Alan Convery

4 Devolution, party change and the Welsh Conservative Party We have parked our tanks on the nationalists’ lawns in a sense. (Interview with Conservative AM 3, 1 March 2012) Introduction This chapter applies the analytical framework outlined in Chapter 2 to the Welsh Conservative Party. It finds that the Welsh Conservatives faced similar challenges to the Scottish Conservatives in adapting to devolution. It is arguable that initially the Scottish Conservatives adapted much better to the transition from the referendum to the new institutions. However, the

in The territorial Conservative Party
Alan Convery

3 Devolution, party change and the Scottish Conservative Party Conservatism has played a long and historic role in Scottish politics and the Tory Party has deep roots in Scotland. However, many people do not realise this. (Margaret Thatcher, Foreword to The Scottish Tory Party: A History by Gerald Warner, 1988: i) Author: Would it be fair to say that the party has never really got over the 1997 referendum result? Conservative MSP: I think it is gradually getting over the referendum result. (Interview with Conservative MSP 8, 2 October 2012) Having established

in The territorial Conservative Party
Alan Convery

it was interesting how different many of their things were. I think we were always rather jealous of the fact that at that time they had, I will say a dozen, certainly something like that, working in Scottish Central Office, whereas we had four and one of those was part time. We were doing jolly well! (Interview with Conservative AM 1, 27 February 2012) Introduction Having examined party change in the cases of the Scottish and Welsh Conservative parties in detail, this chapter outlines a more focused comparison, drawing together the literature on sub-state parties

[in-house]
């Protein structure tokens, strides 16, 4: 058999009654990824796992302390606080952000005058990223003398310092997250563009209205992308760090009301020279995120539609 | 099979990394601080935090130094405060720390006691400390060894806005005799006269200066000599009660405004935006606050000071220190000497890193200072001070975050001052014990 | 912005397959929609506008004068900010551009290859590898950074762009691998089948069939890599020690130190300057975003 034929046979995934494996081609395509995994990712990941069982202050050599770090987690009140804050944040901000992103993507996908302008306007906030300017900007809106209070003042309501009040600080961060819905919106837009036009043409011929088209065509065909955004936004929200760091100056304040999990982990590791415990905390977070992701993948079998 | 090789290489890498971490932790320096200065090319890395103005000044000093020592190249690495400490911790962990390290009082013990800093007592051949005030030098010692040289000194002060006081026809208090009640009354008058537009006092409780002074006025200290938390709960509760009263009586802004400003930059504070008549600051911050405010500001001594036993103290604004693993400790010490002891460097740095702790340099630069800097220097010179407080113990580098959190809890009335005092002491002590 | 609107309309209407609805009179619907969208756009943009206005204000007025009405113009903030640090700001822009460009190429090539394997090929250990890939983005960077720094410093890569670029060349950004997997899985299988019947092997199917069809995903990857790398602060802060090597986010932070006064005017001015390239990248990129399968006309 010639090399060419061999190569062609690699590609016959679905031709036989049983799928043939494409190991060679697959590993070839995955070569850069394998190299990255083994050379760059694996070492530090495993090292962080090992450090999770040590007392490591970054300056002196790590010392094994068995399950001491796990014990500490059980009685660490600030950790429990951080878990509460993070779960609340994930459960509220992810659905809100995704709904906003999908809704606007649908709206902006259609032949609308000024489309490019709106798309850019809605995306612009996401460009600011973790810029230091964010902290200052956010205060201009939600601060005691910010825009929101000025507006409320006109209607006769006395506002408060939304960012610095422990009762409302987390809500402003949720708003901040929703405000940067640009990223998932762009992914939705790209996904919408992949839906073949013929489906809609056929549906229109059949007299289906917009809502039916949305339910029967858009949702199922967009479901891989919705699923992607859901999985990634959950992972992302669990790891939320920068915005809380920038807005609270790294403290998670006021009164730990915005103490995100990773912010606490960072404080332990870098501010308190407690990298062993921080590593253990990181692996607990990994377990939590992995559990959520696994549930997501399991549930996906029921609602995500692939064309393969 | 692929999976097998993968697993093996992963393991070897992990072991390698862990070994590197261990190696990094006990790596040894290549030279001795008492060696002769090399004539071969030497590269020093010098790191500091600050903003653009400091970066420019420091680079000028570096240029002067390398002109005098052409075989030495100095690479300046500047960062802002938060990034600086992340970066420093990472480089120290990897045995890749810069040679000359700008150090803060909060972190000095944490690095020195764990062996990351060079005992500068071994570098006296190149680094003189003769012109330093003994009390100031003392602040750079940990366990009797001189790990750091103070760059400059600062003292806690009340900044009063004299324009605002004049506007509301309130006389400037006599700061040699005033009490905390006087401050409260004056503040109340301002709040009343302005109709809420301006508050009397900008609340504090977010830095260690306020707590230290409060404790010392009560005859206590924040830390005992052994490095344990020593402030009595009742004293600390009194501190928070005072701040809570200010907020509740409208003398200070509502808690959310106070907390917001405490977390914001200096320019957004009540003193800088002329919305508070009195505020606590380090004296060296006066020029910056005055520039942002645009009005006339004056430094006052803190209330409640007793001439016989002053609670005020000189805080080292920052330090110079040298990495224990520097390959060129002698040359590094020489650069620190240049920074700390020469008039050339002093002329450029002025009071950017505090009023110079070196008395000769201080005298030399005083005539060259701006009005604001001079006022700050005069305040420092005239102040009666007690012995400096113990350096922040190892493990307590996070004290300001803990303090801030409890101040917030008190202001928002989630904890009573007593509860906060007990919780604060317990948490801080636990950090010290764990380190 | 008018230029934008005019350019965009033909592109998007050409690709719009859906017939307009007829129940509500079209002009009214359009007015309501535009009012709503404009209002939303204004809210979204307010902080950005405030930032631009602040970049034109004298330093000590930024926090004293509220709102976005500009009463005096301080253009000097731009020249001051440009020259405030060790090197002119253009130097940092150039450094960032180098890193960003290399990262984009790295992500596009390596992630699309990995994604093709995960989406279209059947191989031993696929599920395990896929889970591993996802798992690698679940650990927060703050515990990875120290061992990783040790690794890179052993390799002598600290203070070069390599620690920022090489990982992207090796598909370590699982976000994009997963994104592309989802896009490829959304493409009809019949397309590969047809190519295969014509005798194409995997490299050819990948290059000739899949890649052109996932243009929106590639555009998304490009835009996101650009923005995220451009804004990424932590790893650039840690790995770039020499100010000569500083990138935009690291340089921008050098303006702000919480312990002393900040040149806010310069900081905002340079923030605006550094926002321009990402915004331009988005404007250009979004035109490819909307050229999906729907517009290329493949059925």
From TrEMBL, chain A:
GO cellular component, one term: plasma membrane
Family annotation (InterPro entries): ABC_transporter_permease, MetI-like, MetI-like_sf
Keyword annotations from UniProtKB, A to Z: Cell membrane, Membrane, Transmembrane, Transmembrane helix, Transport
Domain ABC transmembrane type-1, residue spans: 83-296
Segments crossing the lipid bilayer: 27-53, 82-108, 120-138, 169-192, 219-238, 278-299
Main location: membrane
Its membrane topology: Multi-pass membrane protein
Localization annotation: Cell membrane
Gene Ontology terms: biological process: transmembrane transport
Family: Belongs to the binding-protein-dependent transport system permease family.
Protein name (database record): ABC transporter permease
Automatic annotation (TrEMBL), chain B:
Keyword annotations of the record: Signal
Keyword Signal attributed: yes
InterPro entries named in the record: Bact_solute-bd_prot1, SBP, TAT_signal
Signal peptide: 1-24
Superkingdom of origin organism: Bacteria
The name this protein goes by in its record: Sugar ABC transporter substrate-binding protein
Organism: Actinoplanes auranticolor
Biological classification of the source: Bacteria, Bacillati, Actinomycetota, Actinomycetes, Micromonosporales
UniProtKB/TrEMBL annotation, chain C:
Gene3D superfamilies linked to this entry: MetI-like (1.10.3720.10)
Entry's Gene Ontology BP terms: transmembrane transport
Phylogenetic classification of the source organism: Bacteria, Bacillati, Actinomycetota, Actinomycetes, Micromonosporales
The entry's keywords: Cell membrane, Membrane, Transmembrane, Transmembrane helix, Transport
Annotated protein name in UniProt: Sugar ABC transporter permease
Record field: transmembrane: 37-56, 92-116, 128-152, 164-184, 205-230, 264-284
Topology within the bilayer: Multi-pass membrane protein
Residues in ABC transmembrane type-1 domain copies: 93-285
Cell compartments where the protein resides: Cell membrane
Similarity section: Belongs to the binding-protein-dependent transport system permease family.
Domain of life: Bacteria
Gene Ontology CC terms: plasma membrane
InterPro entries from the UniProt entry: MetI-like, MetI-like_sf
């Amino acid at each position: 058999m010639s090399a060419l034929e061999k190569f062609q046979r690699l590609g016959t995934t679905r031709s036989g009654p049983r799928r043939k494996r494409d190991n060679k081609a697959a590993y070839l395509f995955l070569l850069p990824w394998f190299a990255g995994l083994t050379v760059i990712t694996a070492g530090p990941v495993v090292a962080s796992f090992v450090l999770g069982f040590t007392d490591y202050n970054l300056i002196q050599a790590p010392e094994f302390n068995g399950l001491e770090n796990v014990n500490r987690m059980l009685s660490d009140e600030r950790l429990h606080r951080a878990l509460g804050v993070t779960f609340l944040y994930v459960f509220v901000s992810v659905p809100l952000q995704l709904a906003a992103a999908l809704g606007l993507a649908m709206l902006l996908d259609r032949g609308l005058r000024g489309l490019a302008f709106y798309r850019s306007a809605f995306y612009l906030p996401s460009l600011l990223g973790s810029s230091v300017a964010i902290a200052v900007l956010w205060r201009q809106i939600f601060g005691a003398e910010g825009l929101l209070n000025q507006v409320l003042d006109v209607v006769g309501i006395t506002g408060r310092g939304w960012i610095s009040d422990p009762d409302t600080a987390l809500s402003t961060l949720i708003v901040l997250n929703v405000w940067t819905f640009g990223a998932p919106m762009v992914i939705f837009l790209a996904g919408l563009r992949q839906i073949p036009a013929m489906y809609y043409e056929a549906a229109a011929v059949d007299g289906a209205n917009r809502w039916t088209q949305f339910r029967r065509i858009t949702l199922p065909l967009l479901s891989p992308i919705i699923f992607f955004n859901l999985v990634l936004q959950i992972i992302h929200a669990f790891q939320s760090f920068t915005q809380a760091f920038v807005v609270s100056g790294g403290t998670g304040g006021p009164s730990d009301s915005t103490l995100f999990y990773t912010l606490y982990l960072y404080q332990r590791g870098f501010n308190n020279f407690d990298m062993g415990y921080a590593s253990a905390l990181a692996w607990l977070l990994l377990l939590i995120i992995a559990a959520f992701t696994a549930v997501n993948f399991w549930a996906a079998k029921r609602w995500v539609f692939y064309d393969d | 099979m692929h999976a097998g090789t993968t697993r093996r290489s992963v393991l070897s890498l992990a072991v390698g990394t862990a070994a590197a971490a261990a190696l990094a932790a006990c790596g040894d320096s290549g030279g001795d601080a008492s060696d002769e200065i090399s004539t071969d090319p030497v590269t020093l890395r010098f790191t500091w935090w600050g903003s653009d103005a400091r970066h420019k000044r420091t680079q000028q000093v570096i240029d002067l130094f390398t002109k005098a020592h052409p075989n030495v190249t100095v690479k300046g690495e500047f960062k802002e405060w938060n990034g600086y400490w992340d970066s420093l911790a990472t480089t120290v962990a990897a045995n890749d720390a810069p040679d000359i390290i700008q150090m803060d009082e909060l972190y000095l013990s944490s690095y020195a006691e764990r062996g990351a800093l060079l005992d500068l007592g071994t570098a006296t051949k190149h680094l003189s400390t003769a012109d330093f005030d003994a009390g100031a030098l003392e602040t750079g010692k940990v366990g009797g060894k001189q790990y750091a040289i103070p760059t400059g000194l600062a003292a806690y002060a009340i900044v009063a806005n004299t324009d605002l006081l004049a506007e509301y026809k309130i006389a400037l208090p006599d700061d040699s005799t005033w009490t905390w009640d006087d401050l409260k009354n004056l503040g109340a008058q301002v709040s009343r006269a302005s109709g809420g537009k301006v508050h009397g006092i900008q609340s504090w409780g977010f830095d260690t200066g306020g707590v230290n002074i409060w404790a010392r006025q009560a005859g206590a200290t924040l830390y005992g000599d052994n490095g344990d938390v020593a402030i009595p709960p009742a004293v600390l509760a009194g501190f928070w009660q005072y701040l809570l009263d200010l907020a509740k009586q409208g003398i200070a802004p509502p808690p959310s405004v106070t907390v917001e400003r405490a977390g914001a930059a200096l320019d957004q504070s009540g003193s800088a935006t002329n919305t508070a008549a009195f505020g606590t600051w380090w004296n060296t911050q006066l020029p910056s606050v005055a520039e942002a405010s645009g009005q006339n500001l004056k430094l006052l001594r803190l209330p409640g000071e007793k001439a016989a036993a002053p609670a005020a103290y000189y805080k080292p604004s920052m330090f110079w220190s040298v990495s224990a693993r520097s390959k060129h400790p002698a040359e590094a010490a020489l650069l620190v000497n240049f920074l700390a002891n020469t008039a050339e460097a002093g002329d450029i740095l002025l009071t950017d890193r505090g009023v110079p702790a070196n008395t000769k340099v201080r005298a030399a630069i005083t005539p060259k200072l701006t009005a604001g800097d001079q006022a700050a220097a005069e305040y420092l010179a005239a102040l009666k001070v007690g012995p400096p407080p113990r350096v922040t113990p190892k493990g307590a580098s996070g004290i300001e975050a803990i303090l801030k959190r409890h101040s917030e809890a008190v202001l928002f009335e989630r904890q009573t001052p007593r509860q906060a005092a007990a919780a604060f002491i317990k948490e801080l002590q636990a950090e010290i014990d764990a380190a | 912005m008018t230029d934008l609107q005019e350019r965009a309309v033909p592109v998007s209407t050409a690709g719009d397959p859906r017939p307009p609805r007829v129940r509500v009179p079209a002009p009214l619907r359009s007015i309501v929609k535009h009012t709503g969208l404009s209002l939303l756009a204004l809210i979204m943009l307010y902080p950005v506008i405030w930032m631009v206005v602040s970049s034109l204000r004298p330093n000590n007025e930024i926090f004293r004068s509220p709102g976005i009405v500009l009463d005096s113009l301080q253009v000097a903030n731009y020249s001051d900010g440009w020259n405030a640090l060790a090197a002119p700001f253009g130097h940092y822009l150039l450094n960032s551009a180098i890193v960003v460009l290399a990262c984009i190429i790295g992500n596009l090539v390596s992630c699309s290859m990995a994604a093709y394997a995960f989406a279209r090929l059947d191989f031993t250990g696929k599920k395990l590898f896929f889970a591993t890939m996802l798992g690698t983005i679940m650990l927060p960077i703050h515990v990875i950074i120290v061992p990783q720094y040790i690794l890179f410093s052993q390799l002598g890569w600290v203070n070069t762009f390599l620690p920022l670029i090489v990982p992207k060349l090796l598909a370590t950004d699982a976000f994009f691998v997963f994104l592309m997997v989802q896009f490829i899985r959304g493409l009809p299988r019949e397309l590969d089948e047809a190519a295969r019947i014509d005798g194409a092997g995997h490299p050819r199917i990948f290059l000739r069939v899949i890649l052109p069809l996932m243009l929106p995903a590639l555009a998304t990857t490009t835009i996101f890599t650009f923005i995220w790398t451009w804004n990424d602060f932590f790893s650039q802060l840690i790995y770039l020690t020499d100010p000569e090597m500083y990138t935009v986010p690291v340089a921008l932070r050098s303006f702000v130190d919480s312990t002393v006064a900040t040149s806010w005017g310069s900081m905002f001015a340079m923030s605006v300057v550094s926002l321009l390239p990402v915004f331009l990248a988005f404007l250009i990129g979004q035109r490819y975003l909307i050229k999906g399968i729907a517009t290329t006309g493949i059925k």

in The territorial Conservative Party
Abstract only
Alan Convery

concerned with how this question has played out in two political parties that had to adapt to substantial changes after 1997: the Scottish and Welsh Conservative parties. Reflecting on her 1979 speech to the Scottish Conservative Party conference, Margaret Thatcher remarked that, ‘Life is not easy for Scottish Tories; nor was it to become easier’ (Thatcher, 1993:  35). The Conservative Governments (1979–1997) were a particularly difficult time for the territorial Conservative Party. In Scotland and Wales, the party suffered a crisis of both popularity and legitimacy that

in The territorial Conservative Party
Alan Convery

Devolution, party politics and conservatism This book began with the puzzle of the contrasting fortunes of the Welsh and Scottish Conservative parties. Through a comparative examination of party change it sought to find out how but also, crucially, why both parties changed in the way they did after devolution. Using an analytical framework derived from the literature on party change and multi-level party politics, it explored the reactions of both parties on a series of common drivers and indicators of change. This conclusion draws together the two strands of

in The territorial Conservative Party
Rosie Campbell and Sarah Childs

11 The (feminised) contemporary Conservative Party Rosie Campbell and Sarah Childs Introduction The UK Conservative Party, since 2005, is undoubtedly a more feminised institution. The party saw significant increases in the number of Conservative women MPs returned to Westminster at the 2010 and 2015 general elections. It had established new women’s forums for policy debate among its women members, and participated in inter-­party competition for women’s votes, reflecting the interventions of key women party and parliamentary actors over the last three elections

in Rethinking right-wing women